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Shrllc (Shrllc)
Intermediate Member
Username: Shrllc

Post Number: 38
Registered: 12-2008
Posted on Tuesday, January 20, 2009 - 04:46 pm:   Edit Post Delete Post View Post/Check IP Print Post    Move Post (Moderator/Admin Only) Ban Poster IP (Moderator/Admin only)

You don't have to do me one better Kurtis, I believe the waffled head of the slate hammer is designed for that use, if you chose to do something else, thatís great, it's all about adaptation and I would never prescribe that my way is best. (Unless you are an apprentice working for SHR-LLC) Been at this for 10 years now and stick with what I have learned works best, is most time efficient and reduces the loss of vintage replacement slate.
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Old_school (Old_school)
Member
Username: Old_school

Post Number: 22
Registered: 01-2009
Posted on Wednesday, January 14, 2009 - 10:14 pm:   Edit Post Delete Post View Post/Check IP Print Post    Move Post (Moderator/Admin Only) Ban Poster IP (Moderator/Admin only)

One thing that we do on a slate roof is to use wooden pallets on the scaffold. Use slate brackets and 2 x 10's like normal, but take a few pallets and knock off about half of the pallet laths to make it lighter. Lay it on the scaffold plank and on the finished slate to stack your slates on and to spread your weight out. You will never break any slates while standing on them, as it spreads your weight out like a plank on thin ice. It also makes it easier to step from one plank to another, because it acts like a ladder between the scaffold jacks.

You can get the pallets free from most supply houses as they throw them away. On a big roof, we will have 15 or 20 on the roof. It helps me anyway.
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Kwhord (Kwhord)
Senior Member
Username: Kwhord

Post Number: 138
Registered: 10-2006
Posted on Wednesday, January 14, 2009 - 07:29 pm:   Edit Post Delete Post View Post/Check IP Print Post    Move Post (Moderator/Admin Only) Ban Poster IP (Moderator/Admin only)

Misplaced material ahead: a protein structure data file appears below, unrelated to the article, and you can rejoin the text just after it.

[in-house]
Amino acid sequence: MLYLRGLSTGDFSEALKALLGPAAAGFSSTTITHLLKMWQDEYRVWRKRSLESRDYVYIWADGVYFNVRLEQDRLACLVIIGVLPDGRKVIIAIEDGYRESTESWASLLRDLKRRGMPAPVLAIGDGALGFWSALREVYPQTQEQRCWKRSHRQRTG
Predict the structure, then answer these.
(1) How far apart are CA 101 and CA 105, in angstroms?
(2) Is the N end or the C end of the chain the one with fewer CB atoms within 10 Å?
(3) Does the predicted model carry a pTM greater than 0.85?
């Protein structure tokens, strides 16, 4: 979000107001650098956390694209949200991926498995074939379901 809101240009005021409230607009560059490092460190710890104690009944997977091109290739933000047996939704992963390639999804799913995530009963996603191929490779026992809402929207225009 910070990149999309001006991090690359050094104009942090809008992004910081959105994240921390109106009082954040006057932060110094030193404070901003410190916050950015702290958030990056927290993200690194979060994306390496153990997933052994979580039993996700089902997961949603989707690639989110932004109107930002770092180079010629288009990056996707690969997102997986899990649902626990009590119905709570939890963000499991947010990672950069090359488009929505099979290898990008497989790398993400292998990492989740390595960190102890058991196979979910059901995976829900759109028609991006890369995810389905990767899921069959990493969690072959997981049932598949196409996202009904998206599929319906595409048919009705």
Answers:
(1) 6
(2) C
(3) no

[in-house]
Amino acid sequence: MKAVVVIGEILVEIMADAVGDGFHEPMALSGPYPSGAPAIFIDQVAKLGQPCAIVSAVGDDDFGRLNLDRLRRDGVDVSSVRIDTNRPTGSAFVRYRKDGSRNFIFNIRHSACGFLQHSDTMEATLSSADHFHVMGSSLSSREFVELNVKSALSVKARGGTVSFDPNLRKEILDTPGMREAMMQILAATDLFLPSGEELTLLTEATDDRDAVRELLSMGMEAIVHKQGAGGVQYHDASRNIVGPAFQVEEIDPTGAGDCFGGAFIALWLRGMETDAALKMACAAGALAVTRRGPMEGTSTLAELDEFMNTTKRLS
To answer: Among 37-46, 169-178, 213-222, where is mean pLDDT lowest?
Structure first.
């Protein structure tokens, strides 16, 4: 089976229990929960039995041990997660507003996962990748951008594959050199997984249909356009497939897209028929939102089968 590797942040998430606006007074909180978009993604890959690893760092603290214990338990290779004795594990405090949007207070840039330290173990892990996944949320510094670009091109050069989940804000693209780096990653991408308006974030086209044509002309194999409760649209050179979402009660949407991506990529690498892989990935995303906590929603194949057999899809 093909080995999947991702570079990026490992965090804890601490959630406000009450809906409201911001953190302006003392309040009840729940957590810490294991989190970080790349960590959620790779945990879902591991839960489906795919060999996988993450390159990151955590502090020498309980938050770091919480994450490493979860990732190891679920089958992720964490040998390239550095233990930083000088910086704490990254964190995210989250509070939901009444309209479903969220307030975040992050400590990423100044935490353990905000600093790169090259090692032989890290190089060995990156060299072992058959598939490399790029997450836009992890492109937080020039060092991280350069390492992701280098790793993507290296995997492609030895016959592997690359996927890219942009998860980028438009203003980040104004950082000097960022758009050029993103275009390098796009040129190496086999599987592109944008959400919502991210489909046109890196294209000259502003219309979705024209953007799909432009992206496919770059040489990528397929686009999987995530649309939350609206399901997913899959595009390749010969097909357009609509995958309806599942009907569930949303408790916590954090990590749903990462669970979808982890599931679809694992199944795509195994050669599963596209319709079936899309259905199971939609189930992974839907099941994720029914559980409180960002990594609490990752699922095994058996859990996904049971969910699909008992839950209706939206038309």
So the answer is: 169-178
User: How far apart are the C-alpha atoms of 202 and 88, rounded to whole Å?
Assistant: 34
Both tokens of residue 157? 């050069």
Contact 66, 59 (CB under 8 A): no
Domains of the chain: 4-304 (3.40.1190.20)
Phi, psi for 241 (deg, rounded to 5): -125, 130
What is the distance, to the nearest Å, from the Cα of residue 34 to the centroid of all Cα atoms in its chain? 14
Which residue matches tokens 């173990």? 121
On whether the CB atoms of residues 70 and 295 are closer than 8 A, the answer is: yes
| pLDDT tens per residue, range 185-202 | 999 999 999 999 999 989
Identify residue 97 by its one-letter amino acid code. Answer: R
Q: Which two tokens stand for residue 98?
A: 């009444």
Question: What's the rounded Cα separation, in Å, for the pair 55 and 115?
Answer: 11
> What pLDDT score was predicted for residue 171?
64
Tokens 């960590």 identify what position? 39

Shrllc; I'll do you one better. I have a cutting surface (like a slate stake) that mounts to the side rail of my roof ladder. If I need to adjust the width of a repair slate I can just shave it with the cutting shank on the slate hammer. The cutting surface is a section of 2x12 that has many holes bored in it to save weight. I clamp it with one speed clamp in the middle and the flange on the bottom of the rail keeps it from spinning. I can hook it to my tool pouch and carry it up and down with ease as I move around the roof.
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Shrllc (Shrllc)
Intermediate Member
Username: Shrllc

Post Number: 34
Registered: 12-2008
Posted on Wednesday, January 14, 2009 - 04:51 pm:   Edit Post Delete Post View Post/Check IP Print Post    Move Post (Moderator/Admin Only) Ban Poster IP (Moderator/Admin only)

I also exclusively use wooden slate brackets which are hand made, strapped to the roof with strips of copper.
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Shrllc (Shrllc)
Intermediate Member
Username: Shrllc

Post Number: 33
Registered: 12-2008
Posted on Wednesday, January 14, 2009 - 04:48 pm:   Edit Post Delete Post View Post/Check IP Print Post    Move Post (Moderator/Admin Only) Ban Poster IP (Moderator/Admin only)

Slate hammers: In slate repair I have found the knurled hammer face works very well to trim down the edge of a shingle which was cut just a little too wide. Tap, tap, tap along the back face and it provides the beveled edge we desire.
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Kurtis Hord
Senior Member
Username: Kwhord

Post Number: 116
Registered: 10-2006
Posted on Thursday, November 20, 2008 - 04:27 pm:   Edit Post Delete Post View Post/Check IP Print Post    Move Post (Moderator/Admin Only) Ban Poster IP (Moderator/Admin only)

I'm starting this thread to be a repository of knowledge for specific handmade tools, tips, and tricks we have invented or picked up.

We've heard of people making their own chicken ladders and roof brackets... What other tools or aids do you use that are not available in a store?

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